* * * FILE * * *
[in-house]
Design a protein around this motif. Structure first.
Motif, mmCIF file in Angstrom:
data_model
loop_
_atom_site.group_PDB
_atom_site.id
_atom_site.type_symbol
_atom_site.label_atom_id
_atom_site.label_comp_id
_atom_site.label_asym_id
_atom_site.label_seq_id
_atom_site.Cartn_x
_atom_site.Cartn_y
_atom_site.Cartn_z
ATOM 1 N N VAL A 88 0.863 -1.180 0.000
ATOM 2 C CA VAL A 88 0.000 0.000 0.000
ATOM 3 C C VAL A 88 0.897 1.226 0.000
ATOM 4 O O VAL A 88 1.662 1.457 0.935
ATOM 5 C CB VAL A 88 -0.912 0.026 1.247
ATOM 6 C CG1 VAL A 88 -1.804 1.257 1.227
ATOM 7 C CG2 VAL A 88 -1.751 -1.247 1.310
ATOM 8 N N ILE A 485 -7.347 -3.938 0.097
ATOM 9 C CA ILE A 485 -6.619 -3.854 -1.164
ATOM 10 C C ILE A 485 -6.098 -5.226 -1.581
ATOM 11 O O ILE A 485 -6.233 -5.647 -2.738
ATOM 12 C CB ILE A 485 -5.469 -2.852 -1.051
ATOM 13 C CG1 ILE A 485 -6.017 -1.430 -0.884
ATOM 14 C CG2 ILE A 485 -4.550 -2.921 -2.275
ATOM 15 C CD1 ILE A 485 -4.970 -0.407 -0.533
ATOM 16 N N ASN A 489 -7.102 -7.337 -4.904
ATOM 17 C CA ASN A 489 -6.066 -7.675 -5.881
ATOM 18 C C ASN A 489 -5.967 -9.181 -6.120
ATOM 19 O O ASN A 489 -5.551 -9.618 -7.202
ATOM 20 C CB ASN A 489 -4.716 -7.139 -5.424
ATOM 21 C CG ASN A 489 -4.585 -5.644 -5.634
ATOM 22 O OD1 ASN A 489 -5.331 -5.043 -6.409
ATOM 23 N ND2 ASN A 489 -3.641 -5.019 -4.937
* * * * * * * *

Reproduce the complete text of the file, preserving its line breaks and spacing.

[in-house]
Design a protein around this motif. Structure first.
Motif, mmCIF file in Angstrom:
data_model
loop_
_atom_site.group_PDB
_atom_site.id
_atom_site.type_symbol
_atom_site.label_atom_id
_atom_site.label_comp_id
_atom_site.label_asym_id
_atom_site.label_seq_id
_atom_site.Cartn_x
_atom_site.Cartn_y
_atom_site.Cartn_z
ATOM 1 N N VAL A 88 0.863 -1.180 0.000
ATOM 2 C CA VAL A 88 0.000 0.000 0.000
ATOM 3 C C VAL A 88 0.897 1.226 0.000
ATOM 4 O O VAL A 88 1.662 1.457 0.935
ATOM 5 C CB VAL A 88 -0.912 0.026 1.247
ATOM 6 C CG1 VAL A 88 -1.804 1.257 1.227
ATOM 7 C CG2 VAL A 88 -1.751 -1.247 1.310
ATOM 8 N N ILE A 485 -7.347 -3.938 0.097
ATOM 9 C CA ILE A 485 -6.619 -3.854 -1.164
ATOM 10 C C ILE A 485 -6.098 -5.226 -1.581
ATOM 11 O O ILE A 485 -6.233 -5.647 -2.738
ATOM 12 C CB ILE A 485 -5.469 -2.852 -1.051
ATOM 13 C CG1 ILE A 485 -6.017 -1.430 -0.884
ATOM 14 C CG2 ILE A 485 -4.550 -2.921 -2.275
ATOM 15 C CD1 ILE A 485 -4.970 -0.407 -0.533
ATOM 16 N N ASN A 489 -7.102 -7.337 -4.904
ATOM 17 C CA ASN A 489 -6.066 -7.675 -5.881
ATOM 18 C C ASN A 489 -5.967 -9.181 -6.120
ATOM 19 O O ASN A 489 -5.551 -9.618 -7.202
ATOM 20 C CB ASN A 489 -4.716 -7.139 -5.424
ATOM 21 C CG ASN A 489 -4.585 -5.644 -5.634
ATOM 22 O OD1 ASN A 489 -5.331 -5.043 -6.409
ATOM 23 N ND2 ASN A 489 -3.641 -5.019 -4.937